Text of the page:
Thursday morning, the cooks at the Daniel Pitino Shelter on Walnut Street were making dinner for the community.
The donated smoked turkeys were ready to be carved, while shelter cooks Konnie Dixon and Katelyn Bynum were taking large trays of baked ham with pineapple and dressing out of the kitchen’s large ovens. Containers — vats, really — of macaroni and cheese, sat on the stove, waiting to be served.
How much food would be left by the time lunch was finished was anyone’s guess. The plan was to feed everyone, including extra helpings, until every had their fill.
Thanksgiving dinner is an annual tradition at the Pitino Shelter, although the COVID-19 pandemic changed how it’s done. Meals now are served in to-go trays.
While the meal is important in itself, but said it also gives shelter staff a chance to offer services to people experiencing homelessness.
“Feeding the community is the most important thing we can do,” shelter programs director Cheryl Moore said. “It’s one of my favorite things we do at the shelter.
The shelter feeds Thanksgiving dinner to anyone who wants to eat, and Moore said the staff was expecting between 120 to 150 people to stop by Thursday. Meals in to-go boxes are served to anyone who is hungry every day.
“Anyone can come get a meal. It doesn’t matter what their income it,” Moore said. “It’s open to all.”
While the meals are important by themselves, they also give shelter staff a chance to offer services to people experiencing homelessness.
“We distribute hygiene (items), gloves, hats if they need them, and do outreach to the community,” Moore said. “Even if it’s something as small as giving hats, gloves and hygiene, we want to do that.”
People experiencing homelessness can be reluctant to ask for any kind of help, because of the social stigma placed on the homeless, Moore said. But being homeless is not a character flaw, but the result of circumstances, Moore said.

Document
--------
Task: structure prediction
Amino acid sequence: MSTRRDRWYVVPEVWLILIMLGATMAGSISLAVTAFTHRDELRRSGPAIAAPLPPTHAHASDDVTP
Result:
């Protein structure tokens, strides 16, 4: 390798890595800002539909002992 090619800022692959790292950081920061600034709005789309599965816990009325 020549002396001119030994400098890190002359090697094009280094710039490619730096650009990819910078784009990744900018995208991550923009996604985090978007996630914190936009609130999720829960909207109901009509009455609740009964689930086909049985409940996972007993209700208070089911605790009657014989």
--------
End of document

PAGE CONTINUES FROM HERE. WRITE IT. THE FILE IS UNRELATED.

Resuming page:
For many people, at least the possibility of homelessness is closer than they think. In 2019, the U.S. Federal Reserve reported many Americans would experience financial trouble if they where suddenly hit with a $400 bill. A 2019 New York University study listed the top causes of homelessness as a job loss, a sudden illness or accident, or falling into debt, any of which could lead to being evicted.
“No one chooses homelessness,” Moore said. “There are events and circumstances that happen over time ... Everybody’s situation is unique and different.
“I think it takes a lot of courage to come through the doors of a homeless shelter,” Moore said, and said, “homelessness is not a disease or an ailment. It’s something that happened.”
When people come for a meal, the shelter can offer a variety of assistance, from a food pantry and helping getting an ID, to getting people into an apartment, who helping them keep their current residence. For example, the “Rapid Rehousing” program can get a person into an inspected apartment and provide rental and utility payments for up to two years. That’s time, and space, for a family to get back on its feet.
The shelter staff is there to offer the assistance, not to push someone into taking more they are ready for, Moore said.
“We start where they are ready to start,” Moore said.
The shelter has needs — particularly for thee-compartment to-go trays for meals, zipper baggies, sandwich bags, coffee, creamer, sugar and blankets and pillows. Anyone willing to donate can call the shelter at 270-688-9000.
The community can also help by letting area homeless shelters know if there is a person who could use help, Moore said.
“Homelessness is not a one-place issue. It’s not just Pitino or St. Benedict’s ... it’s a community issue,” Moore said. The homeless community could be helped by “all working together for the common goal of helping people, and recognizing, ‘with must a (missed) paycheck or two, I could be standing where you are standing.’ ”
James Mayse, 270-691-7303, firstname.lastname@example.org, Twitter: @JamesMayse